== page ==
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New York Islanders

Ilya Sorokin Needs to Learn From Bad Outing Against Washington



Ilya Sorokin

There is no question that the performance of New York Islanders rookie netminder Ilya Sorokin last night in the 6-3 loss to the Washington Capitals was anything but stellar. Not all of the six goals that beat him were his fault, but his lackluster play drastically impacted the scoreboard in the wrong direction.

The 25-year old Russian came into this game with an impeccable 8-0-0 record at Nassau Coliseum this season with a .928 SV% and a 1.71 GAA. He had yet to face the Capitals in his first season thus far and in a critical game standings-wise for the Islanders, he was not at his best. He allowed six goals on 30 shots and while the Islanders did not play their best game in front of him, the Capitals expected goals for (xGF) in this game was a 2.17. That should tell you a lot statically about the way Sorokin played.

The main issue throughout the game was Sorokin’s angles and awareness. The first goal off the stick of Garrett Hathaway caught Sorokin by surprise, as he got beat right under his pad.

Sorokin got caught watching the eyes of Hathaway instead of the puck. Besides misreading the play, Sorokin was a tad off his angle and it made all the difference.

If he had been squared to the shooter, the puck more than likely hits his stick and it becomes a routine save. This was the first shot of the game for the Capitals, and surely not the way anyone in orange and blue wanted to start things.

The third goal that beat Sorokin was a tough one with traffic in front, but one that was still saveable.

While the goal was a perfect shot by Nick Dowd, Sorokin gave himself a very low chance of making the save. The rookie did not read the situation correctly as he knew there was traffic in front of him, which should have forced him to come out and be aggressive.

But he stayed back in his crease, dropping down into butterfly no less, which gave Dowd a glorious opening.

The fourth goal Sorokin allowed was the icing on the cake for his performance. Evgeny Kuznetsov from the right circle beat Sorokin under the arm to put this game out of reach for the Islanders. Another goal in which Sorokin failed to position himself correctly for the shot.


Although Sorokin was screened a bit by Andy Greene, he positioned himself with the skate of Kuznetsov rather than the stick blade. That is the reason he was beaten.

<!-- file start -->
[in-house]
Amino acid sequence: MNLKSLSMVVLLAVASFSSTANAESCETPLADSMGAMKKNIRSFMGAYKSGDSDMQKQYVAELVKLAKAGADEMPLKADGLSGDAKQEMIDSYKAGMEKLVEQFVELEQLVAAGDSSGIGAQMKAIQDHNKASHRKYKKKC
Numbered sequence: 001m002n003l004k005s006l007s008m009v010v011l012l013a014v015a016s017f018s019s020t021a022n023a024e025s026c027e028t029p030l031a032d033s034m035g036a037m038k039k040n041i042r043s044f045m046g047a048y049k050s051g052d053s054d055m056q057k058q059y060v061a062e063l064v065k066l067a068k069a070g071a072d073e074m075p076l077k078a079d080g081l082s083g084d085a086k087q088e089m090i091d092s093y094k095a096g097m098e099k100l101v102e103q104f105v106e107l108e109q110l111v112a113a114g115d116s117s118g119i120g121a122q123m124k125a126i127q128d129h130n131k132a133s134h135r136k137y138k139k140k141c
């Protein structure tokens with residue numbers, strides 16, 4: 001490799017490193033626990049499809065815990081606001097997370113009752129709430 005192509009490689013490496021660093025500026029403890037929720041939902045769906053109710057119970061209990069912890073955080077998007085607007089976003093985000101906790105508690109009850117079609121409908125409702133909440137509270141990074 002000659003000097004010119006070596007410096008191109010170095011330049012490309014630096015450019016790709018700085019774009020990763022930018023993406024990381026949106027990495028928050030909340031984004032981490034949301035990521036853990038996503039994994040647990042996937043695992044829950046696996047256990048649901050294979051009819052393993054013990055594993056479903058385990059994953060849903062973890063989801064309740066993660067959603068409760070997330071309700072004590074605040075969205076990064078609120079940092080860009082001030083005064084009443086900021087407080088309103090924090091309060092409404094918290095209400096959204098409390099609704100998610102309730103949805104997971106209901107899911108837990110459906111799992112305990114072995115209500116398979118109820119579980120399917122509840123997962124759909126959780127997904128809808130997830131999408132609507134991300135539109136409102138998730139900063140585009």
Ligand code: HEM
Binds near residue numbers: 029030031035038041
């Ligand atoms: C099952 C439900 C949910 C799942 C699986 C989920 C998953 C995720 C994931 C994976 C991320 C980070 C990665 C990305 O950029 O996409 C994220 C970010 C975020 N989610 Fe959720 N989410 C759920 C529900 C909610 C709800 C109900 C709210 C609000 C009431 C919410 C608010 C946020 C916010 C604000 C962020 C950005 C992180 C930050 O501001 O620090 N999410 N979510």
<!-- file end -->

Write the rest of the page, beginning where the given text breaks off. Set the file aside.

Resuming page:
It was the little things in Sorokin’s game that led to the weak performance, and the things that Sorokin must learn from if he’s going to continue to succeed in this league. The rookie goaltender has certainly shown that he can make the adjustments after a bad start,

With only eight games left in the season, the Islanders are looking to finish as high in the division as possible. Sorokin’s partner, Semyon Varlamov has been stellar in his last five games and looks to be getting back into peak form before the playoffs begin.

Sorokin has been good his rookie season, but the time was yesterday to make a statement. Sorokin has played well against the teams in the division that will not be participating in the postseason, which is great, but helping the Islanders to a win over Washington would have gone a long way.

Against the Pittsburgh Penguins Sorokin had struggled, with a .862 SV% and a 2.78 GAA and we saw how he faired on Saturday. Sorokin has played one game against the Boston Bruins this season where he played well, despite picking up the loss.

The problem– one that Islanders head coach Barry Trotz is happy to have — is  that Varlamov has dominated the bad teams and has faired better against the current playoff-bound opponents. So despite the majority of the remaining games against teams on the outside looking in, that does not necessarily mean more playing time for Sorokin.

With the Islanders dominating on Nassau Coliseum ice this season (19-2-3) the importance of garnering home-ice advantage in the playoffs is more important than ever. Trotz will have to put the netminder he believes gives the team the best chance to accumulate points each night.

The answer right now is Varlamov, and while it may not be fair to judge Sorokin after what happened on Saturday night, every performance counts more than ever. If a player gets an opportunity he needs to make it count.

Varlamov has made his minutes count all season long.

There is one back-to-back scenario May 3 and May 4 against the Buffalo Sabres, which at the minimum gives Sorokin at least one more start before the season ends. The question becomes did he do enough to earn minutes in the playoffs?


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